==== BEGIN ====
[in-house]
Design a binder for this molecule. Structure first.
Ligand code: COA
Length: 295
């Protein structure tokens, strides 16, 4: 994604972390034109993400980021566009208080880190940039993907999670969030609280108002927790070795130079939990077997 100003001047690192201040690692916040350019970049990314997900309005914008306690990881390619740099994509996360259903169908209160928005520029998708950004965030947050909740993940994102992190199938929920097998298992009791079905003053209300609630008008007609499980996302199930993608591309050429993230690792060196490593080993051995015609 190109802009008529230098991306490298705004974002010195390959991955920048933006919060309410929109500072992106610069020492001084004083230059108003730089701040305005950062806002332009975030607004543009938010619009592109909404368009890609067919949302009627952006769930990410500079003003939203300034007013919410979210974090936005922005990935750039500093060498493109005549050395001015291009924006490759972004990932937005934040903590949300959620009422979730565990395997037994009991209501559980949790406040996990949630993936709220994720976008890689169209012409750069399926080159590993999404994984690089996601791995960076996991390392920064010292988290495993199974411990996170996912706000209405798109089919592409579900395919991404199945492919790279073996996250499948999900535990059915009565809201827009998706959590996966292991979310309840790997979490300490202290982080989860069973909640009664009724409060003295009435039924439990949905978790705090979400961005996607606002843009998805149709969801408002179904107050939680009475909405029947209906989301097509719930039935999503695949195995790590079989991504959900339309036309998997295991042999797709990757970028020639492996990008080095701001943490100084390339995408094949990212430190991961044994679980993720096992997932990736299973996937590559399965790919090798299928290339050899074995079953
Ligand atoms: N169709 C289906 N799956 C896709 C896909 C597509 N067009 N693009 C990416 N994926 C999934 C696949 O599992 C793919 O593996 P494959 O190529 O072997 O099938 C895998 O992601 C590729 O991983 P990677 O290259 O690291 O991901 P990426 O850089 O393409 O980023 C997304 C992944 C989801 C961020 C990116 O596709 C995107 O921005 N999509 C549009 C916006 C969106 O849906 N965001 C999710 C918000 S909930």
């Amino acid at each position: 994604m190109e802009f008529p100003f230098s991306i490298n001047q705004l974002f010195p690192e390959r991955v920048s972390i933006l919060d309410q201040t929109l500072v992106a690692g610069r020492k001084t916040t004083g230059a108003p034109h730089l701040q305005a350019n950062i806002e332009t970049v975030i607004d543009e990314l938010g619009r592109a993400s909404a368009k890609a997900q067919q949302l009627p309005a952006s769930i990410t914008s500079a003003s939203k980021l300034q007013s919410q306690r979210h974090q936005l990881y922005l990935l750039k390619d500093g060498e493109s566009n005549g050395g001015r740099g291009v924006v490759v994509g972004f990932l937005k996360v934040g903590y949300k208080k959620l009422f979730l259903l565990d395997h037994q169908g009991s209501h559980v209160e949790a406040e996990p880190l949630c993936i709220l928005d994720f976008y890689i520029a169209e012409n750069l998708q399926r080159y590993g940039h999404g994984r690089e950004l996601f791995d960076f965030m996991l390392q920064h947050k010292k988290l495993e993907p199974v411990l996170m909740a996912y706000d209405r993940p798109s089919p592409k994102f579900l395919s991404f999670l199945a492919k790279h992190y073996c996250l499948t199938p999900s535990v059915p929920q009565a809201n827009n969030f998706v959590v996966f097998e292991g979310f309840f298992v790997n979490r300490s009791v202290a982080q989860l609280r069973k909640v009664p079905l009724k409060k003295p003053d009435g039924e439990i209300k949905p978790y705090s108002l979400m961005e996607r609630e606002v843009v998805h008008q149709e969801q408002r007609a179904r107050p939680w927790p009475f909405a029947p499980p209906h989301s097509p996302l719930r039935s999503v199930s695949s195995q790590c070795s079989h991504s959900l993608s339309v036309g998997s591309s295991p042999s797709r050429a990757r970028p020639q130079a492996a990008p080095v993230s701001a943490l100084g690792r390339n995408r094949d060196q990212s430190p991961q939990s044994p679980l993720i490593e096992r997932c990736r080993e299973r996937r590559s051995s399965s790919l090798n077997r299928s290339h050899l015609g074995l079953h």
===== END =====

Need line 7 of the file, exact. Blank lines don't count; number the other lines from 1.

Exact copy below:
């Amino acid at each position: 994604m190109e802009f008529p100003f230098s991306i490298n001047q705004l974002f010195p690192e390959r991955v920048s972390i933006l919060d309410q201040t929109l500072v992106a690692g610069r020492k001084t916040t004083g230059a108003p034109h730089l701040q305005a350019n950062i806002e332009t970049v975030i607004d543009e990314l938010g619009r592109a993400s909404a368009k890609a997900q067919q949302l009627p309005a952006s769930i990410t914008s500079a003003s939203k980021l300034q007013s919410q306690r979210h974090q936005l990881y922005l990935l750039k390619d500093g060498e493109s566009n005549g050395g001015r740099g291009v924006v490759v994509g972004f990932l937005k996360v934040g903590y949300k208080k959620l009422f979730l259903l565990d395997h037994q169908g009991s209501h559980v209160e949790a406040e996990p880190l949630c993936i709220l928005d994720f976008y890689i520029a169209e012409n750069l998708q399926r080159y590993g940039h999404g994984r690089e950004l996601f791995d960076f965030m996991l390392q920064h947050k010292k988290l495993e993907p199974v411990l996170m909740a996912y706000d209405r993940p798109s089919p592409k994102f579900l395919s991404f999670l199945a492919k790279h992190y073996c996250l499948t199938p999900s535990v059915p929920q009565a809201n827009n969030f998706v959590v996966f097998e292991g979310f309840f298992v790997n979490r300490s009791v202290a982080q989860l609280r069973k909640v009664p079905l009724k409060k003295p003053d009435g039924e439990i209300k949905p978790y705090s108002l979400m961005e996607r609630e606002v843009v998805h008008q149709e969801q408002r007609a179904r107050p939680w927790p009475f909405a029947p499980p209906h989301s097509p996302l719930r039935s999503v199930s695949s195995q790590c070795s079989h991504s959900l993608s339309v036309g998997s591309s295991p042999s797709r050429a990757r970028p020639q130079a492996a990008p080095v993230s701001a943490l100084g690792r390339n995408r094949d060196q990212s430190p991961q939990s044994p679980l993720i490593e096992r997932c990736r080993e299973r996937r590559s051995s399965s790919l090798n077997r299928s290339h050899l015609g074995l079953h």